Color photo of a stack of books

The author’s stack of Texas history books.

On January 1, I started doing what I’d been planning on doing for almost a year: reading the many books about Texas that I wasn’t exposed to until I was an adult. While researching which books to read, it didn’t take long before I came across Larry McMurtry and Lonesome Dove. With the pandemic and being at home for longer than usual, reading felt like a welcome distraction from everything. I bought the book and then, like I do with every book I get, I placed it at the bottom of the stack of about six books that sits on the shelf. Eventually, as I read the other books, like Heavy by Kiese Laymon and Aristotle and Dante Discover the Secrets of the Universe by Benjamin Alire Sáenz, Lonesome Dove moved to the top. But then, when it was time to read it, I simply moved it to the bottom of the stack. I did that a few times because Lonesome Dove, at one and three-quarters inches thick, intimidated me.

I didn’t grow up reading. When I was younger, I found it boring. The few books I read were mostly under 200 pages. Then sometime during my 20s, I found comfort in reading. I’d do it before or after a long day working in construction—sometimes before and after. I still read every day, usually in the morning. For how long I do it depends on what other work I have.

As I continuously moved Lonesome Dove to the bottom of the stack because it was shaped like a small brick, I wondered if it would be one of those books I owned for years, every few months thinking of getting rid of it, only to keep it, planning, almost promising, to read it soon. Then, in late March, McMurtry died. In the days after, when I read articles and eulogies mourning McMurtry’s passing, Lonesome Dove always got mentioned. It felt like the right time to dig in.

Some five days after McMurtry’s passing—after reading how important he’d been to Texas literature and how some found him unfriendly while others entirely welcoming—I started the book I had long procrastinated reading. And once I started, from the time I read the first sentence about blue pigs eating a rattlesnake, until the last one, about what loving someone you can’t be with does to you, I couldn’t stop. Well, except for the few times I had to stop because of the novel’s unexpected turns.

I talked about the book with friends and my wife. About how, at its core, it’s a novel about antiheroes living on the Texas-Mexico border, trying to make sense of all the violence around them. About how they contributed to that violence. About the things they did to find comfort in that world. More than once, while doing something else, I thought about the friendship between Woodrow and Gus. How the trust and respect they had between them allowed two seemingly very different people to bond. I imagined just how beautiful Lorena Wood was, and I thought about the novel’s antagonist, Blue Duck, and how his villainy made me brace for the worst whenever he appeared.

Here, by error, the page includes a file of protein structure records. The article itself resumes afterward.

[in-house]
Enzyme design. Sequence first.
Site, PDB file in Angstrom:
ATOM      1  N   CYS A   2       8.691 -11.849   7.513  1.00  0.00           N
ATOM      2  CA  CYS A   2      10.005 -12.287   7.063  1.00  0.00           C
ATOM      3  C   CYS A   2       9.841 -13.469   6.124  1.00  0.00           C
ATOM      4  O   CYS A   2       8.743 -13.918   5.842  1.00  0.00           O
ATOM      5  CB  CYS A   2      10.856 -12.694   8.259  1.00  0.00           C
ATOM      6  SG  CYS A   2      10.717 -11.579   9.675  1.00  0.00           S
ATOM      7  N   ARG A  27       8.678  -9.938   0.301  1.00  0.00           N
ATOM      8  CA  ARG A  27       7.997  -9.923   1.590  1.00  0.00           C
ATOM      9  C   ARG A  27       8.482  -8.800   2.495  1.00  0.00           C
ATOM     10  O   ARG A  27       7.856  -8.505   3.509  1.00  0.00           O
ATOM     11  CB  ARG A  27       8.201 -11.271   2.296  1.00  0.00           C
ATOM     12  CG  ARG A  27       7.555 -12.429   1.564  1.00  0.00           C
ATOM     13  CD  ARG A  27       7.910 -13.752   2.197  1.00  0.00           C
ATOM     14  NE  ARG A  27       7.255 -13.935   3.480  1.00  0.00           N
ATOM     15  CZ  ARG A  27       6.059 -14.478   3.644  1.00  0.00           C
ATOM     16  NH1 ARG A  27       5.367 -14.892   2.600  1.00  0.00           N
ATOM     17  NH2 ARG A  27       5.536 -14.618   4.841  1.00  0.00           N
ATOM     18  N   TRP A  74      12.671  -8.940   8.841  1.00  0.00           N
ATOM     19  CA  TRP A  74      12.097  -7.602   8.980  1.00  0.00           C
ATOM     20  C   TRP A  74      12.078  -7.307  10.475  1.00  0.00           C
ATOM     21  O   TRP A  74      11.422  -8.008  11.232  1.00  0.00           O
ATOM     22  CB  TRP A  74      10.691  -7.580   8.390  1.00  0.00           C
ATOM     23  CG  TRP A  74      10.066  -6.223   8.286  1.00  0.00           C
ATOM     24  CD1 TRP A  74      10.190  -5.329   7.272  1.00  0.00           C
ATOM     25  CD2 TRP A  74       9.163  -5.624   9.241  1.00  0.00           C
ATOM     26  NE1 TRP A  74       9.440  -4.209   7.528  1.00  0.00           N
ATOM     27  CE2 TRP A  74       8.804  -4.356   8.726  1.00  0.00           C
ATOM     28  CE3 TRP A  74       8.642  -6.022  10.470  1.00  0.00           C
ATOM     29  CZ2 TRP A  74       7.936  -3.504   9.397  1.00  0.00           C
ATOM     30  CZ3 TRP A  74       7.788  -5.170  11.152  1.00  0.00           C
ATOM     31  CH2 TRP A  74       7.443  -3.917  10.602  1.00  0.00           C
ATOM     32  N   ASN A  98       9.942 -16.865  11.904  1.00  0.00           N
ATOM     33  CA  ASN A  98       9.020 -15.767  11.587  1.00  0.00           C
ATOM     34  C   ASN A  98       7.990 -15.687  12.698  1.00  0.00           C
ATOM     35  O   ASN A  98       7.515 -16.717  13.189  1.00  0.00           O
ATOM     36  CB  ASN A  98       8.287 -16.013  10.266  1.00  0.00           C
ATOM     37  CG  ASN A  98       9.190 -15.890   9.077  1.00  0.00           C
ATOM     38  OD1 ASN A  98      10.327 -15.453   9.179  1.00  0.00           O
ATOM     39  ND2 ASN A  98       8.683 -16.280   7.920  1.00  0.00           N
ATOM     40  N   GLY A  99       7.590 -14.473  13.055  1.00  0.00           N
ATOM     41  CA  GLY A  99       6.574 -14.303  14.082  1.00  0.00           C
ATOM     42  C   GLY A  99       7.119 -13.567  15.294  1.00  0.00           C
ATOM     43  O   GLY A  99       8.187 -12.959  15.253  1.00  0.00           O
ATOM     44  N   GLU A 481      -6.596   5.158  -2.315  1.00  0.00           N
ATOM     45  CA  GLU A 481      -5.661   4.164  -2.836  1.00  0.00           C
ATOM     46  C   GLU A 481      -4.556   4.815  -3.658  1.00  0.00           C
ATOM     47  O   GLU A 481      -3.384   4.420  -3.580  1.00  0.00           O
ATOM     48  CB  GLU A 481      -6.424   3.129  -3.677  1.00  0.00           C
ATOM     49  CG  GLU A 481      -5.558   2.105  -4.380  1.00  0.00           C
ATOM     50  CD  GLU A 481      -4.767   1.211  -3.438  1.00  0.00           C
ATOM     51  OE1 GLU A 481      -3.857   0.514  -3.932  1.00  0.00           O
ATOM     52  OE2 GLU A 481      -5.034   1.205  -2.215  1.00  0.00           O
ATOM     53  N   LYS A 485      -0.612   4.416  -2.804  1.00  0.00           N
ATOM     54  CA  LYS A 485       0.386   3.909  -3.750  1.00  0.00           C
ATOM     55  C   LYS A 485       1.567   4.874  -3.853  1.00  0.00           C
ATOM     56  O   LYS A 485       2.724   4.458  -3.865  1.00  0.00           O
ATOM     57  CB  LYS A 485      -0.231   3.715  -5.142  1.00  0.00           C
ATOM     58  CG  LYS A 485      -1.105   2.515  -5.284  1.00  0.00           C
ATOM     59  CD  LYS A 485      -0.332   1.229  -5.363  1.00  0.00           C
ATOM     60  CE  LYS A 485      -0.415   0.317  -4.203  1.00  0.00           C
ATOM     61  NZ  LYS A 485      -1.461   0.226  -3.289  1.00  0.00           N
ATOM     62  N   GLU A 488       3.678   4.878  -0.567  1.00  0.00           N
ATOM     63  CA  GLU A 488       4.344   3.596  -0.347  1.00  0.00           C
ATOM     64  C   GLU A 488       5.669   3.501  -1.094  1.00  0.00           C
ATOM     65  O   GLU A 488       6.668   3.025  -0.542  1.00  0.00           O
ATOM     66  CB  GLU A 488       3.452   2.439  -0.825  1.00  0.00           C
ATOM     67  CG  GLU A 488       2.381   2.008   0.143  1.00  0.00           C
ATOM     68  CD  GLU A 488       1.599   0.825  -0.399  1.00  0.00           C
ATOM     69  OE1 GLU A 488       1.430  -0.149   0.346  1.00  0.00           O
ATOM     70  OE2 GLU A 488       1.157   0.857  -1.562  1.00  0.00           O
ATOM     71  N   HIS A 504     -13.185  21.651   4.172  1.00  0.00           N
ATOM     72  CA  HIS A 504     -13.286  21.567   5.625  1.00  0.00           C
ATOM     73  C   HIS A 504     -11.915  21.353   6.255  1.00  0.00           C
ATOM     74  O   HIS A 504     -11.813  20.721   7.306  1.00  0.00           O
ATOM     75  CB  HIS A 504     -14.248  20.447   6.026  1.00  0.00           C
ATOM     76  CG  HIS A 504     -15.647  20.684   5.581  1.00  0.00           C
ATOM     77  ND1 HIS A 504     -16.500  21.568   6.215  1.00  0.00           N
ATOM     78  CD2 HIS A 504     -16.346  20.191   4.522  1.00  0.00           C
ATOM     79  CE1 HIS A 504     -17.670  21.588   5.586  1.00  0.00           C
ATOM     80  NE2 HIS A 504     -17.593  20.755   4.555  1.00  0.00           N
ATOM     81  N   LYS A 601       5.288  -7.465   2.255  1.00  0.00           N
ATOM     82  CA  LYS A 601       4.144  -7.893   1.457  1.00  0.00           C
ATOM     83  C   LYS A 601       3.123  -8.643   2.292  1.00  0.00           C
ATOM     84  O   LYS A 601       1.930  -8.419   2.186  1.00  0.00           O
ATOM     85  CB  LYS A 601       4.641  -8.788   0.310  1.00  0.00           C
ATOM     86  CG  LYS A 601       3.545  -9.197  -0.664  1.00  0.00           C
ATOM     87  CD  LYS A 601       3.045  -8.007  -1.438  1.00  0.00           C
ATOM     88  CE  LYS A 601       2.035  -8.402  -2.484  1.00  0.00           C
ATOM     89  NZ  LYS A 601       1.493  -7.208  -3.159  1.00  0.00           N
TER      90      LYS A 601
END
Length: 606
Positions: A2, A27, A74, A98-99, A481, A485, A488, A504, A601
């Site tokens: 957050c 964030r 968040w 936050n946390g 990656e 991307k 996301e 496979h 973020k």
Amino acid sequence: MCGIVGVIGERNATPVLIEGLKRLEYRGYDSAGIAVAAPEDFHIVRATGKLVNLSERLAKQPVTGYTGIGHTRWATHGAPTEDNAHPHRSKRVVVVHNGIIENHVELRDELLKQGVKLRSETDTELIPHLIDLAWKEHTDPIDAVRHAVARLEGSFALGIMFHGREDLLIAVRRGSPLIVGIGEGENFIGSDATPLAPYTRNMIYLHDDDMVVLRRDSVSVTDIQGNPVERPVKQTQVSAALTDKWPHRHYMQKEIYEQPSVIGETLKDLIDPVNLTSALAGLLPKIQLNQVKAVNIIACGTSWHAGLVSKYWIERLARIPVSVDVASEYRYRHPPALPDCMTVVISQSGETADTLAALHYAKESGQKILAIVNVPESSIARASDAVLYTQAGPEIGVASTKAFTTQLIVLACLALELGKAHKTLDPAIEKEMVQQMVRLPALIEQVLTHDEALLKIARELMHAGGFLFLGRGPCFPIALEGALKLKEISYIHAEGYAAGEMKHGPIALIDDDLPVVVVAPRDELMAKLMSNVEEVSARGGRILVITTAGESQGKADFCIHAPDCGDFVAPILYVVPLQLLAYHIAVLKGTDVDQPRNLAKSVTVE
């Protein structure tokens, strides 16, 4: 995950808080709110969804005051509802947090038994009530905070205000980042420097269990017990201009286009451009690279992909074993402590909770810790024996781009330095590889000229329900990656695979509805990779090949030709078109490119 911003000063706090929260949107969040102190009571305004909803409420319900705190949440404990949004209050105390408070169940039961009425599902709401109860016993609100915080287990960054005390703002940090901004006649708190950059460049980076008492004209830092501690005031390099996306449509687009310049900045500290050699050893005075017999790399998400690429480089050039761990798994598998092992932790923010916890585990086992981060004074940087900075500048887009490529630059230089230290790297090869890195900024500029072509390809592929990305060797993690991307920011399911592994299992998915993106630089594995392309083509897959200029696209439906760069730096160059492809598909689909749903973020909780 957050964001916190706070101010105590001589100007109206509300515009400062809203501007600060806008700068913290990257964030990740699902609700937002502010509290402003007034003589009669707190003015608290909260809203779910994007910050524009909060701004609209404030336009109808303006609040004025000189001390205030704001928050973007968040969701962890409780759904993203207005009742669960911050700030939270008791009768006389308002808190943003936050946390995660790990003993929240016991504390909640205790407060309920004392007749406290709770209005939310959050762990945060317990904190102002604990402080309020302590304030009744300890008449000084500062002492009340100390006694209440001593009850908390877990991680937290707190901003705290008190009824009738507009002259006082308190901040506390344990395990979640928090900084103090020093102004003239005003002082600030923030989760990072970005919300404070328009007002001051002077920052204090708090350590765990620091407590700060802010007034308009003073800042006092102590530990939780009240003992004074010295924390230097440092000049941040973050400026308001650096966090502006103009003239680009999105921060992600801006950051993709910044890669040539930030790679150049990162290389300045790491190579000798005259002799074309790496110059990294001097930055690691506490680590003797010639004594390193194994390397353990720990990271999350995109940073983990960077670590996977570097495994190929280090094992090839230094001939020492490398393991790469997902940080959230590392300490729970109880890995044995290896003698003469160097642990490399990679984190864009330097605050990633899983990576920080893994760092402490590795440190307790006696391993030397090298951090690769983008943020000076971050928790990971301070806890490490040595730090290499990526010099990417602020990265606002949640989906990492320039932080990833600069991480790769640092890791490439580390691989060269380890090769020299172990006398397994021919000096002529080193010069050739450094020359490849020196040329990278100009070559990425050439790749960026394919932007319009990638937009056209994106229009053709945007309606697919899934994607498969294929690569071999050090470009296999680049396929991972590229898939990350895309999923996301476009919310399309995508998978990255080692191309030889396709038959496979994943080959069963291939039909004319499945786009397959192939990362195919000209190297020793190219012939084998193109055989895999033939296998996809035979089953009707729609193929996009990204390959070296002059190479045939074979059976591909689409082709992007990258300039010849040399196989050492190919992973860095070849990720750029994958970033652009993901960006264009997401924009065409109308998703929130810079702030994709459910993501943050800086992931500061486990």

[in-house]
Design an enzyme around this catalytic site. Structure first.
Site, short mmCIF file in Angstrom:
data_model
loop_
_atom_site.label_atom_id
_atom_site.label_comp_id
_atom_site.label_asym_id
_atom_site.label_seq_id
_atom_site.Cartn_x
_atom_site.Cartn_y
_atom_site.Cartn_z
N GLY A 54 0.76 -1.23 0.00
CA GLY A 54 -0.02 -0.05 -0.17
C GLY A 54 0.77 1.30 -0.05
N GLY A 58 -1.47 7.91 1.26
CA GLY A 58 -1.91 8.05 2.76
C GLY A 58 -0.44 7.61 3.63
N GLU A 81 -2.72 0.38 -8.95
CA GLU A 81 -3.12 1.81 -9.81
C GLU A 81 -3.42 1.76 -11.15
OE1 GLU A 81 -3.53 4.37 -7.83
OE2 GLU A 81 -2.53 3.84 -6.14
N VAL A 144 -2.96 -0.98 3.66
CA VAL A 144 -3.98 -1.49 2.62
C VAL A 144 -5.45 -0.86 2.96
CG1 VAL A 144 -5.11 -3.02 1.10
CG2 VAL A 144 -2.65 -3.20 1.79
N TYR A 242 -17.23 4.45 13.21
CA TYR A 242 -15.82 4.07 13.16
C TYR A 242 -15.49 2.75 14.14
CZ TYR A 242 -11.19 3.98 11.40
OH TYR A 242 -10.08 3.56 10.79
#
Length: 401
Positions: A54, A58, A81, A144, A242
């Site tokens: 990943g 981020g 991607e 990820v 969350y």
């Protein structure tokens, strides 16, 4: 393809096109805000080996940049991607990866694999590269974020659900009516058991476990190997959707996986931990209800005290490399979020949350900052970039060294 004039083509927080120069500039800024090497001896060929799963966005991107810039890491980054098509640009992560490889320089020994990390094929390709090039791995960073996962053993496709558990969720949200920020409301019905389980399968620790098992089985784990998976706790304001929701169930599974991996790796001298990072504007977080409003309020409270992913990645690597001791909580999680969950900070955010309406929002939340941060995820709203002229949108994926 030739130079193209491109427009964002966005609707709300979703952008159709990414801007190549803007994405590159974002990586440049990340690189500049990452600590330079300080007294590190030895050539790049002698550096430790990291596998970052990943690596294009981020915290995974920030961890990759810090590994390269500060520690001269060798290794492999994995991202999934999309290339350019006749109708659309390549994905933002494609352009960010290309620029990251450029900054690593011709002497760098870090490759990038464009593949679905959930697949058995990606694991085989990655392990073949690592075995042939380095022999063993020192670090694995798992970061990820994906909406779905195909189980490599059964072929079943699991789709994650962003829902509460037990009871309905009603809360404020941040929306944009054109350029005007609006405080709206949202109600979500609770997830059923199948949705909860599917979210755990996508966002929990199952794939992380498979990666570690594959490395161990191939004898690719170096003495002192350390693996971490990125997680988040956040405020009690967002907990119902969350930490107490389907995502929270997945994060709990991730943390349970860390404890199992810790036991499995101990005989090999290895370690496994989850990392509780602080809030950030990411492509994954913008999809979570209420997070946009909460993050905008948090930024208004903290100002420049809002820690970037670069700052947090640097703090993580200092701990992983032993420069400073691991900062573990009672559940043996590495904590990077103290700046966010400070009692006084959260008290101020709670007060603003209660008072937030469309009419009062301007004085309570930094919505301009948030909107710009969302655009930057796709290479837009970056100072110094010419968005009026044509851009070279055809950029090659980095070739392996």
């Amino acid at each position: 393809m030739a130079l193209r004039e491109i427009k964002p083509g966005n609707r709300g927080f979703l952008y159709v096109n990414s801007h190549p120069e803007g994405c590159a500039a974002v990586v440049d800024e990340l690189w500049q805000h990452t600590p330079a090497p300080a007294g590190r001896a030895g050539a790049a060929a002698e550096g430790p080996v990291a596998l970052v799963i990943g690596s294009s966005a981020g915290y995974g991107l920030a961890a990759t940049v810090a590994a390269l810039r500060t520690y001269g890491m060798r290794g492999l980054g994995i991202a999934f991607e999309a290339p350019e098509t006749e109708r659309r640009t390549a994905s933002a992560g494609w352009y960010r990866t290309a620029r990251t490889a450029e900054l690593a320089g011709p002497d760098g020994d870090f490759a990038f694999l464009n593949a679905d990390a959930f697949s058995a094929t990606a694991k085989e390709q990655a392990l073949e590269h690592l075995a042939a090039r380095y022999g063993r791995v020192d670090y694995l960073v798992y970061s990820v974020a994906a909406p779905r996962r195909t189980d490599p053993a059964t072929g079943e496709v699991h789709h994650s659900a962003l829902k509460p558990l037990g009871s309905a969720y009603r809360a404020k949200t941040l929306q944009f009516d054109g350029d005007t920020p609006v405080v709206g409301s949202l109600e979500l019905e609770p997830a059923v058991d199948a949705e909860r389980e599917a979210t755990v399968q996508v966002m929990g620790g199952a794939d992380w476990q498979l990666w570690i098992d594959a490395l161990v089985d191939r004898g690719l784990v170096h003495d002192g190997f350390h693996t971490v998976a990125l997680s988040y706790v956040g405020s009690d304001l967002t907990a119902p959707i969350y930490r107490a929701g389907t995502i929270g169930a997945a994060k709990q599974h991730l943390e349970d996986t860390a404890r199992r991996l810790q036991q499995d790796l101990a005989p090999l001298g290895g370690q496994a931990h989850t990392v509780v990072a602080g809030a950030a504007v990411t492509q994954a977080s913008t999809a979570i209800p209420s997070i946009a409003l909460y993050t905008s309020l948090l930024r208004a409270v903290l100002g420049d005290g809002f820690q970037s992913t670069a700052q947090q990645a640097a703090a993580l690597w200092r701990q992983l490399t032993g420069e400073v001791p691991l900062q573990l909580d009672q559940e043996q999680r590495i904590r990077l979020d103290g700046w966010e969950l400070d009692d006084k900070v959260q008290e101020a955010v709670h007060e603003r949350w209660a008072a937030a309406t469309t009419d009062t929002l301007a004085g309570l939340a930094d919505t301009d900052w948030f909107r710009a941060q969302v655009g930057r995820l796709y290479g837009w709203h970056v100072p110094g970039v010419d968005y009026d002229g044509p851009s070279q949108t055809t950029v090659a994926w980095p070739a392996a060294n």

Nine days after I started, I finished Lonesome Dove—a book that’s nearly 1,000 pages, or 37 hours if you listen on audiobook, which I sometimes did. How else would I have gotten through it so fast? I’m not sure if it’s my favorite book, but it’s close. It’s up there with two others: Victor Villaseñor’s Rain of Gold and The Autobiography of Malcolm X. I expect I’ll read it every few years.

Since I just couldn’t get enough, and it was too soon to reread the book, I watched the award-winning television series based on the book. I enjoyed that too. Robert Duvall with his accent and mannerisms and overall personality was perfect as Gus. Still, the movie didn’t compare to the book. As is often the case, the book did a better job of delving into each character, telling and showing you what they thought and felt. And also, because I already knew what was coming, the plot twists weren’t as jarring as when I read them. I wondered how many other people had both read the book and seen the series within a span of about two weeks.

Weeks after I finished the book and movie, I kept thinking about Lonesome Dove. I’ve thought about visiting the Lonesome Dove Collection at Texas State University’s Wittliff Collections. I’ve wondered if I should read Streets of Laredo, which picks up where Lonesome Dove left off, or if I should start at the beginning of the series with Dead Man’s Walk. Or maybe I should read something else from McMurtry. Something like The Last Picture Show, where I can again read the novel then watch the single movie it inspired.

I’ve also thought about McMurtry. How besides knowing he existed, I hardly knew anything about him or Lonesome Dove before a year ago, when my plan to read the books of Texas began to form. I’ve thought about taking the two-hour drive from where I live in Arlington to Archer City, where he lived—the place that inspired a few of his many books. I’ve thought about visiting for a few hours, if for no other reason than to just walk the same streets McMurtry once walked.

The June 2024 cover of Texas Highways: Treasures from the Coast

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